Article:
Sunday, February 26, 2012

Games for Nature: group explores video game potential to enlighten

I never caught on big with playing video games, but if the statistics are any indication, I am well headed towards becoming a card-carrying member of a shrinking minority.
  • 500 Million people play online games for at least an hour a day, and the number is expected to grow to 1.5 billion in the next decade.
  • People spend 3 billion hours each week playing online games.
  • By the age of 21 American children have spent 10,000 hours playing games, as much time as they have spent in class from fifth grade.
So, with this much attention, time, and money spent on video games, it was inevitable that education would be drawn to the format as a viable learning tool. And that means that conservation and environmental education would not be far behind.

A new website has been launched, the brainchild of conservationist Bruno Monteferri, Cambridge University (a major supporter) conservation professor Bill Adams, and Chris Sandbrook, a member of the United Nations Environmental Programme. Games for Nature ( acts as an information source for interested gamers, developers, and researchers. The site lists current games available and acts as a networking resource to discuss ideas and opinions as to the viability, direction, and future of video games for conservation purposes.

It wasn't too long ago that educational video games were geared for younger children in keeping with the sophistication of the technology at the time. With the advances made since in graphics and platforms, from Playstations to iPhones, the average age of the user is now in their mid-30s. So, this provides opportunities to deliver more detailed, in-depth content that can enlighten users in direct and more subtle ways.

Subtle because, after all, it's a game that is meant to be entertainment, not a college lecture. But with the amount of time being spent playing video games, it can be an important avenue for getting conservation messages and a greater appreciation for nature integrated into the day-to-day thinking of a large segment of people.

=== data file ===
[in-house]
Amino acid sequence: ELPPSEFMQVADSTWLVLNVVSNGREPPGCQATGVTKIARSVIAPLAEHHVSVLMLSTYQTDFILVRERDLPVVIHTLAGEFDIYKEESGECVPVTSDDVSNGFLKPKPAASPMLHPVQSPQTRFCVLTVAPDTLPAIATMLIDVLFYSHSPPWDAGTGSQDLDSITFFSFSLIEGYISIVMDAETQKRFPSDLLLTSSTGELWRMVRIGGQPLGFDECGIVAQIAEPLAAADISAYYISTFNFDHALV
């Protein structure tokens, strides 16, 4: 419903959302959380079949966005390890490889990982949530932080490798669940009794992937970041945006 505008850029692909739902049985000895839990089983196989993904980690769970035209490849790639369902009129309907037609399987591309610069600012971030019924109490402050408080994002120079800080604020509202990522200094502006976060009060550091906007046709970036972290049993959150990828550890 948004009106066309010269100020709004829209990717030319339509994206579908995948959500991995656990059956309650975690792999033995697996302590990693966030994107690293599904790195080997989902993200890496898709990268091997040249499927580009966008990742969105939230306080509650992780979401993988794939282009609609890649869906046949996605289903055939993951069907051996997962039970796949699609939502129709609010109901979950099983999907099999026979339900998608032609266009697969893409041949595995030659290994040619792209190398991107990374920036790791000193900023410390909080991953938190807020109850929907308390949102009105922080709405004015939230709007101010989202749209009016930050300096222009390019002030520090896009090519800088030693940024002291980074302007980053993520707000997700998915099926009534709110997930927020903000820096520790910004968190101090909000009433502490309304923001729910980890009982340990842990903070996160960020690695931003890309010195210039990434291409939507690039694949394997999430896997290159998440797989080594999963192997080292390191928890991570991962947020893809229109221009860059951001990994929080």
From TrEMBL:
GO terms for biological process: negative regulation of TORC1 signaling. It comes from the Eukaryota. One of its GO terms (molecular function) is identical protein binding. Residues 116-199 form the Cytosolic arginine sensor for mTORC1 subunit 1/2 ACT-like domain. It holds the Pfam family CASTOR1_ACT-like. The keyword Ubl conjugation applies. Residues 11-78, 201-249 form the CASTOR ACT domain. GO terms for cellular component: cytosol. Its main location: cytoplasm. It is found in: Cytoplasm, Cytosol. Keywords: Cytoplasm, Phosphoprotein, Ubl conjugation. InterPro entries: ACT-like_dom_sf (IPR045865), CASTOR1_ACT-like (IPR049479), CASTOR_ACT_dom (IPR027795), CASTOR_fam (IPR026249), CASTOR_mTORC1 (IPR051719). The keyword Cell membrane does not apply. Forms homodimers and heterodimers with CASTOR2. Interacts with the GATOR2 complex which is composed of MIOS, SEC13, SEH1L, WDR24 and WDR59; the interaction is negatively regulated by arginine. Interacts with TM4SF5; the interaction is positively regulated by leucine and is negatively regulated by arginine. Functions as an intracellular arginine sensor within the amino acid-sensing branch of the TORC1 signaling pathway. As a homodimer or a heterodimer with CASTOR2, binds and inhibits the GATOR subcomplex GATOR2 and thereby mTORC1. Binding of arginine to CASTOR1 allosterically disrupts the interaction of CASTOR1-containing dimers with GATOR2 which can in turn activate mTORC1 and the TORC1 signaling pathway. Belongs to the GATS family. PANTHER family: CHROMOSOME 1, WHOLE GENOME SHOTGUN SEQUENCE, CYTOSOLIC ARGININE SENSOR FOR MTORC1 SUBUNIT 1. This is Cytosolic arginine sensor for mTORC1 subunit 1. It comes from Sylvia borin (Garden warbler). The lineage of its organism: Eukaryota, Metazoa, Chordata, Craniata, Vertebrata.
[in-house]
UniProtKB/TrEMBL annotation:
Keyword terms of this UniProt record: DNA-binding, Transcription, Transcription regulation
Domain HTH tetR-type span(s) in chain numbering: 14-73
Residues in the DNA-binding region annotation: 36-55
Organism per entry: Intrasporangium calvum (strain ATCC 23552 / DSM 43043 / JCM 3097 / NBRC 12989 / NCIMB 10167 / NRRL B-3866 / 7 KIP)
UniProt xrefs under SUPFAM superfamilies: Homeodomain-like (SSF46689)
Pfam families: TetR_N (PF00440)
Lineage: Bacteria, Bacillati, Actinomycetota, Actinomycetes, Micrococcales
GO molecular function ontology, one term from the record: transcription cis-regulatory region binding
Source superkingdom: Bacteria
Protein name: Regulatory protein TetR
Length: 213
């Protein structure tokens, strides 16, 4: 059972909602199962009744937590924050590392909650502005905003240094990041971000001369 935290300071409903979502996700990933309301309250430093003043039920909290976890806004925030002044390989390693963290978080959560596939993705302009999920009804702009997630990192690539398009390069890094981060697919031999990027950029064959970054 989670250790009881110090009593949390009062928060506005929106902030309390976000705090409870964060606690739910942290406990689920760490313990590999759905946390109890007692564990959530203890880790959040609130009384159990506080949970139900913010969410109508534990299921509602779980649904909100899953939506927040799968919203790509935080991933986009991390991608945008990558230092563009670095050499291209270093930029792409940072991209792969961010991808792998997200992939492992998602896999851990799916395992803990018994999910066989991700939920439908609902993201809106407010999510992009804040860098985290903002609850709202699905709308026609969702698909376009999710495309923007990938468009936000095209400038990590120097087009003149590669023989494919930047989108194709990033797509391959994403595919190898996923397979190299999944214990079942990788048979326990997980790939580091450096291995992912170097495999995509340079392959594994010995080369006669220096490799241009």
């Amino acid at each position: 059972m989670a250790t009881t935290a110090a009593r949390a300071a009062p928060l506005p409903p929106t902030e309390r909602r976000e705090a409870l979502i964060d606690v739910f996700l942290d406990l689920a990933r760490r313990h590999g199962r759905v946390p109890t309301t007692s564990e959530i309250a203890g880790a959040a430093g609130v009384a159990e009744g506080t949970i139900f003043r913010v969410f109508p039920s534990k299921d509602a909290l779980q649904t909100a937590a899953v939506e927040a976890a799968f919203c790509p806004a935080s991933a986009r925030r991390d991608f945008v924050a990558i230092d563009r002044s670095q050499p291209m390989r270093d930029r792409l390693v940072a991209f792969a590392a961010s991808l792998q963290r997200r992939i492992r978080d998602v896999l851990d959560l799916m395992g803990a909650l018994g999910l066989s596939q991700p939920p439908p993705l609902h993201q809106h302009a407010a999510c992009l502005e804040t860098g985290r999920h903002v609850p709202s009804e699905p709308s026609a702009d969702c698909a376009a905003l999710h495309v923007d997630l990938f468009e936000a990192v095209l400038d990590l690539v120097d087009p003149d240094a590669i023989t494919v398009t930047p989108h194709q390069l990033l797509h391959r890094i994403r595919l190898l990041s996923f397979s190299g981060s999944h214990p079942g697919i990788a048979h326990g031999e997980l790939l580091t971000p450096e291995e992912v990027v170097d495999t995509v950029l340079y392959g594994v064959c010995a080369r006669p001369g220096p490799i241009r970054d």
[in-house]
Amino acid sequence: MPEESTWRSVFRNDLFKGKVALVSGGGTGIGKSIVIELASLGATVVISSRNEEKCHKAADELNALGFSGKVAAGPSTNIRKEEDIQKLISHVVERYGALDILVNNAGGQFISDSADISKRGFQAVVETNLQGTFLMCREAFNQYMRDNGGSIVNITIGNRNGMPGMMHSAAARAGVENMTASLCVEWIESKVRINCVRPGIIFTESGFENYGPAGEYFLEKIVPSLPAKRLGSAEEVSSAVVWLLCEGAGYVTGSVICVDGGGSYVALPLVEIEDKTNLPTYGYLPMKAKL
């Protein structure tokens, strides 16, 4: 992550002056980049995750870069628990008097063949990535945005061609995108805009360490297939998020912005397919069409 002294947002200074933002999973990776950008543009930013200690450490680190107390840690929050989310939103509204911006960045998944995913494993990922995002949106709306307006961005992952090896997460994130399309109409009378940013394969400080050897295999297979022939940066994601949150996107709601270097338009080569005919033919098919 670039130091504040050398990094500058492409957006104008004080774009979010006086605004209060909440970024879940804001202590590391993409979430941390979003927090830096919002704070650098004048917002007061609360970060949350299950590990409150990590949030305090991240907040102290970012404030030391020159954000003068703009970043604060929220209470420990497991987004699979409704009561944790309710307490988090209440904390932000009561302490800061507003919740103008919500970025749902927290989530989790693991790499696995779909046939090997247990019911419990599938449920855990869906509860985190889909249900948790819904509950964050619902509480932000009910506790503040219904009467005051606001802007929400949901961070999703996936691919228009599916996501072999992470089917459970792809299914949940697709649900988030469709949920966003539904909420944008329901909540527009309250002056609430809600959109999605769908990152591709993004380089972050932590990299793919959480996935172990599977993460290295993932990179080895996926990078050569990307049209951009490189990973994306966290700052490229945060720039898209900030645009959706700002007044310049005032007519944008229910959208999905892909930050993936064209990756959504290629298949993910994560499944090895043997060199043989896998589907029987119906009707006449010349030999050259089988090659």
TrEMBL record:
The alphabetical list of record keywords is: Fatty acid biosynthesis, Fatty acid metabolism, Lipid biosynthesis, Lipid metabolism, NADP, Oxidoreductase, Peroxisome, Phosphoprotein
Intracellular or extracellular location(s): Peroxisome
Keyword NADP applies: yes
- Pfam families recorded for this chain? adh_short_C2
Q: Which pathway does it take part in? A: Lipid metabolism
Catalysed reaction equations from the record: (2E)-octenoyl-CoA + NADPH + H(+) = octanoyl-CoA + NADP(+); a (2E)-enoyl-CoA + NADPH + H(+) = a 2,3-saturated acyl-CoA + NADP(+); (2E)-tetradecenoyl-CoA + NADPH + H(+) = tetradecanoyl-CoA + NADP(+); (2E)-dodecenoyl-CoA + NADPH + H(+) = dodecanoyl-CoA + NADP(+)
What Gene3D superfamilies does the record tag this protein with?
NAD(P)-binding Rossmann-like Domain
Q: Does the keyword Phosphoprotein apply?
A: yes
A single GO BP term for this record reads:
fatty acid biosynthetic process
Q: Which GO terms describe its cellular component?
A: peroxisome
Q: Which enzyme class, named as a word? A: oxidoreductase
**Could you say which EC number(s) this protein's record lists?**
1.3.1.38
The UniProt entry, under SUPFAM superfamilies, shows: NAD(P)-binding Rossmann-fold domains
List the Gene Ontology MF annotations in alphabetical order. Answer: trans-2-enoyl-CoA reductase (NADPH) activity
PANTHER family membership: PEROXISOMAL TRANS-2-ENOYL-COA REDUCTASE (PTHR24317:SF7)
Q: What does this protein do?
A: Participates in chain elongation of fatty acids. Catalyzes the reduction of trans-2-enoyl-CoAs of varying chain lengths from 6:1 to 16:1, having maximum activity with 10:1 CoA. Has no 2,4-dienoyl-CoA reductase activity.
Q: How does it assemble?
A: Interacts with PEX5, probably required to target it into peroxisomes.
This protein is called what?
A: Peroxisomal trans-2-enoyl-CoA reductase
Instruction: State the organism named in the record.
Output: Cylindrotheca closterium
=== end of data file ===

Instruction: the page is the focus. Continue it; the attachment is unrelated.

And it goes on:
Discussing a recent Cambridge-sponsored seminar and workshop, a Games for Nature spokesperson said,
"Did we conclude that they were important? Absolutely: gaming is a deadly serious industry whose business depends on the pleasure it gives its customers – but it also has a vital role to play in shaping the way decisions are made about human use of nature.”

The Games for Nature website is a content-rich experience for anyone interested in learning either about specific games currently available or its potential as a conservation tool. The site has an extensive variety of videos, visual presentations, and reports on the subject - quite a treasure trove of information if you are interested. Games for Nature does not claim to have all the answers and nature-based video games could be a concept that could easily get bungled or squandered. However, serious conservationists need to examine every possible method by which they can connect with people. It has the potential to shape personal behavior and strengthen a constituency that could then impact the actions of policy makers.

GamesforNature Seminar 2011 from GamesforNature on Vimeo.

Source: Business Weekly

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